Personal Bionics – Electronics in Our Heads

(Scientific American)

(Scientific American)

Say “prosthetic” and most of us think of artificial limbs, important devices that help people regain essential functions lost to injury or disease. Modern prosthetics, however, are a long way from that image. Today, they’re often an integration of electronics and living tissue and can support much more than physical locomotion. New bionic technologies aid hearing and sight. Soon, they may help thinking itself. Some researchers are even looking beyond replacement of lost capabilities to providing capabilities we weren’t born with. If they succeed, the effect may revise our concepts of what defines a “normal” human.

Arms, hands, and legs
Artificial limbs are already pretty sophisticated and function very effectively (some bionic legs are actually considered an unfair advantage in running competitions!). Although they can be made to look very natural, though, what’s been missing has been natural control, i.e. operating limbs by simply willing them to move. That situation may not last for much longer. Neural control systems use a transducer implanted in the motor cortex of the brain to deliver control commands to the prosthetic in response to the user’s intent. Such devices are already going through human testing and results have been encouraging, as patients were able to reach, grasp, and even drink coffee with direct brain control.

Replacing the senses
Two sensory prosthetics – cochlear implants and artificial retinas – are designed to supplant hearing and vision loss, and are already part of current medical practice.

Although cochlear implants have been around for some time (the first patent was issued in 1974), they certainly fall within the class of brain-based prosthetics. These implants convert sound from a microphone, worn outside the head, to electrical signals that are then delivered directly to the auditory nerve. Almost 220,000 people worldwide use these devices.

Artificial retinas are chips containing photosensitive arrays that are implanted in or on the retina and convert light energy to electrical signals fed to the optic nerve. This technology is pretty recent (US approval was only granted in 2012), and the vision obtainable from these devices is still crude. To an otherwise-blind person, however, artificial retinas are a major boost to life quality.

Memories from microchips
Another technology even more in the research stage has big ambitions: to eventually provide support to people with memory impairments. Memory prosthetics won’t just transduce neural signals, like limb control or sensory devices. They’ll emulate replicate neural functions within the brain.

A research team involving Wake Forest University and the University of Southern California implanted a microchip into the brains of mice. Chip leads were inserted on each side of the hippocampus, a brain center involved in memory formation. The researchers then trained the mice to press one of two bars to obtain a food reward and measured the neural patterns that entered and left the hippocampus during successful trials. By reproducing that neural code and delivering it to the brain via the microchip, the team found that the mice made fewer mistakes on later trials. Furthermore, by blocking the input neurons, the researchers found that mice still remembered the task with only the microchip stimulation.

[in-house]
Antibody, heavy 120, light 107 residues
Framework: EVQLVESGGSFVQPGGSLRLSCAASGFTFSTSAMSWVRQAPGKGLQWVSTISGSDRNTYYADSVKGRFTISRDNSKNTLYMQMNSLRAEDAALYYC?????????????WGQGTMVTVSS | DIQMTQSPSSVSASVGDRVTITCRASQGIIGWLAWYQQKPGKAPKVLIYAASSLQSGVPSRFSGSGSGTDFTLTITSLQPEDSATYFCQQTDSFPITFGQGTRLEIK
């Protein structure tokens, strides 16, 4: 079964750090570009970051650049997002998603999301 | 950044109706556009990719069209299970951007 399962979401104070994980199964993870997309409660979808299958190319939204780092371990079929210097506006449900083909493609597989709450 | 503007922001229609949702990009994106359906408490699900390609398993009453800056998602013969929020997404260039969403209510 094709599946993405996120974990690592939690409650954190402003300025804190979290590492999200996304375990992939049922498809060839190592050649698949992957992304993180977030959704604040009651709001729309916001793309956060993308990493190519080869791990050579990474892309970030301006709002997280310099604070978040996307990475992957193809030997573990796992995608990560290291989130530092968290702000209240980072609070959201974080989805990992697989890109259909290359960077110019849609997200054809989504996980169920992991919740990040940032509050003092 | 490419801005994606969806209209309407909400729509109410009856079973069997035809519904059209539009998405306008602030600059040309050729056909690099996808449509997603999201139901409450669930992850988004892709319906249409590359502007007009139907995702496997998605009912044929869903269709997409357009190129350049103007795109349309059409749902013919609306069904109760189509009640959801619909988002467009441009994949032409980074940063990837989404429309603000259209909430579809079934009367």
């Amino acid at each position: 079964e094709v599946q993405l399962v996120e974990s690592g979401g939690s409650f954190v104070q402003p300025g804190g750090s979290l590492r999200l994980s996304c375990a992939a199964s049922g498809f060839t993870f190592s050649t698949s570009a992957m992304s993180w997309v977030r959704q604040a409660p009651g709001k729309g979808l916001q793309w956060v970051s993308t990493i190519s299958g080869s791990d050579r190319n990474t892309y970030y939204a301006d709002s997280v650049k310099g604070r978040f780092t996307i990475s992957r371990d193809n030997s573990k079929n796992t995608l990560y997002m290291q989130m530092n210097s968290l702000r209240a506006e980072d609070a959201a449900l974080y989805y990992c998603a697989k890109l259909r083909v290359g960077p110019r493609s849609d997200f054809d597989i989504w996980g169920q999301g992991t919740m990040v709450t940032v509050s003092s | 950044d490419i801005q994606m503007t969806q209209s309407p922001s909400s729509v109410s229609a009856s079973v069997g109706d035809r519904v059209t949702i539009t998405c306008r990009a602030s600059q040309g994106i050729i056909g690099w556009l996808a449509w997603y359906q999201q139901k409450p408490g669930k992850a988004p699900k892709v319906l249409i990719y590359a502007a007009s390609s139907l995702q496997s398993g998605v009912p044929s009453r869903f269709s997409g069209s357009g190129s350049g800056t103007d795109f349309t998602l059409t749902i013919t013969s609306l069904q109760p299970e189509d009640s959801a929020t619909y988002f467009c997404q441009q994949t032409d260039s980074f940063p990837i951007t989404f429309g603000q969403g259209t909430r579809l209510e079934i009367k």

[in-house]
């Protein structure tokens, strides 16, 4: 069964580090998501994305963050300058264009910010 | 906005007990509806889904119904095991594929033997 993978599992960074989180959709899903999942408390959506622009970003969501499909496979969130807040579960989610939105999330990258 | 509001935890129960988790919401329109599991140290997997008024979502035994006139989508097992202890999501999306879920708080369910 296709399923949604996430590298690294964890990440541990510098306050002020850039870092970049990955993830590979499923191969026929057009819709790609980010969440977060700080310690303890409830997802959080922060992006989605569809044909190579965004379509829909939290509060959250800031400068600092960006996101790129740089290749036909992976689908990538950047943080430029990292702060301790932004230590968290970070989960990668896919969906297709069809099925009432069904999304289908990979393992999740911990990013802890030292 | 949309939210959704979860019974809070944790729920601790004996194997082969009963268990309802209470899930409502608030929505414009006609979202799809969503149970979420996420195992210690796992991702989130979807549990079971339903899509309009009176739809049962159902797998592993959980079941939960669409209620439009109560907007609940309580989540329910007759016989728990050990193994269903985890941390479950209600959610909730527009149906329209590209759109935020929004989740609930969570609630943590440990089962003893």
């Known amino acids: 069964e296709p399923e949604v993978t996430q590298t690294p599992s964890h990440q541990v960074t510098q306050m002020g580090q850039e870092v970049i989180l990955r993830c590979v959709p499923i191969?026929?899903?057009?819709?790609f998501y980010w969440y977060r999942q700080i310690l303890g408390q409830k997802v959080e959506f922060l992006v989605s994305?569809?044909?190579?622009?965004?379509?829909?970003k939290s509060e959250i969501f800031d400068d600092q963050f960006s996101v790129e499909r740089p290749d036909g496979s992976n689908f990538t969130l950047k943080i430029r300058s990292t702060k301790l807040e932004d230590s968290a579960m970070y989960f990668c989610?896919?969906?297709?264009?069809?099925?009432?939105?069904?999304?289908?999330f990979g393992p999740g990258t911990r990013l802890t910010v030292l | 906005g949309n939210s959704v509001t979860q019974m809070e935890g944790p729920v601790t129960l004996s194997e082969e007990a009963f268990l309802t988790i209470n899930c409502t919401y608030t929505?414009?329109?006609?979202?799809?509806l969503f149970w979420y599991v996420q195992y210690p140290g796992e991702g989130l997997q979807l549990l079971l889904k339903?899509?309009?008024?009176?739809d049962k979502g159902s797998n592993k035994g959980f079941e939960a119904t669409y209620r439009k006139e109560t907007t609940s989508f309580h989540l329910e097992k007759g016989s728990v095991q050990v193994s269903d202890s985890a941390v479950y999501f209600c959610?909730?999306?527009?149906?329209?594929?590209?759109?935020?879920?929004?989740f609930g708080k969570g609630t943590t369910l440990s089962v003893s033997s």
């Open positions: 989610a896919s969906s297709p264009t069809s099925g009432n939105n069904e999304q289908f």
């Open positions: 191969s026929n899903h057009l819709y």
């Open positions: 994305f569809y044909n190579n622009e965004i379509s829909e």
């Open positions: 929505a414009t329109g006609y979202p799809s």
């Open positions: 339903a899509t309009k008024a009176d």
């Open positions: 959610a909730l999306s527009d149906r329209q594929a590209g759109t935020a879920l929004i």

This work has now been extended to monkeys and human testing may not be far off. The hope is that a memory prosthesis like this might help people with Alzheimer’s disease who have difficulty forming long term memories. The precedent for this kind of medical intervention has been around since 1993: Deep brain stimulation reduces pain, tremor, and other conditions by electrically interrupting neural events with cortical implants. Although some people might be wary of “thought control” from technologies like this, it’s pretty unlikely. While science can model the memory signals for a food reward in mice, most human memories and cognitive functions are distributed throughout the brain and are hard to measure, and harder to manipulate.
Better than we are?
While the motivation for most prosthetic work has been to restore normal levels of human functioning, other efforts are exploring ways to surpass those levels. Recently, for example, infrared cameras were attached to implanted electrodes in the brains of rats. When the cameras detected infrared light, they stimulated the whisker neurons of the rats, effectively “steering” the rats toward the special light sources in their cages. In other words, the device allowed the rats to navigate using information beyond their own sensory capabilities. Blending human neural systems with electronics like this might someday offer opportunities to see, smell, and touch the world in new ways.

The use of technologies that work directly with the brain is already generating discussions about ethics in research and medical practice. What conditions and what people will benefit from such devices? Could there be side effects and, more importantly, how could we detect them? Do the benefits wear off? Are these effects reversible?

Prosthetics have succeeded in helping people restore lost functions. Now, the integration of prosthetics with the brain has dramatically expanded what can be achieved and might even expand what “normal” human functioning can be.

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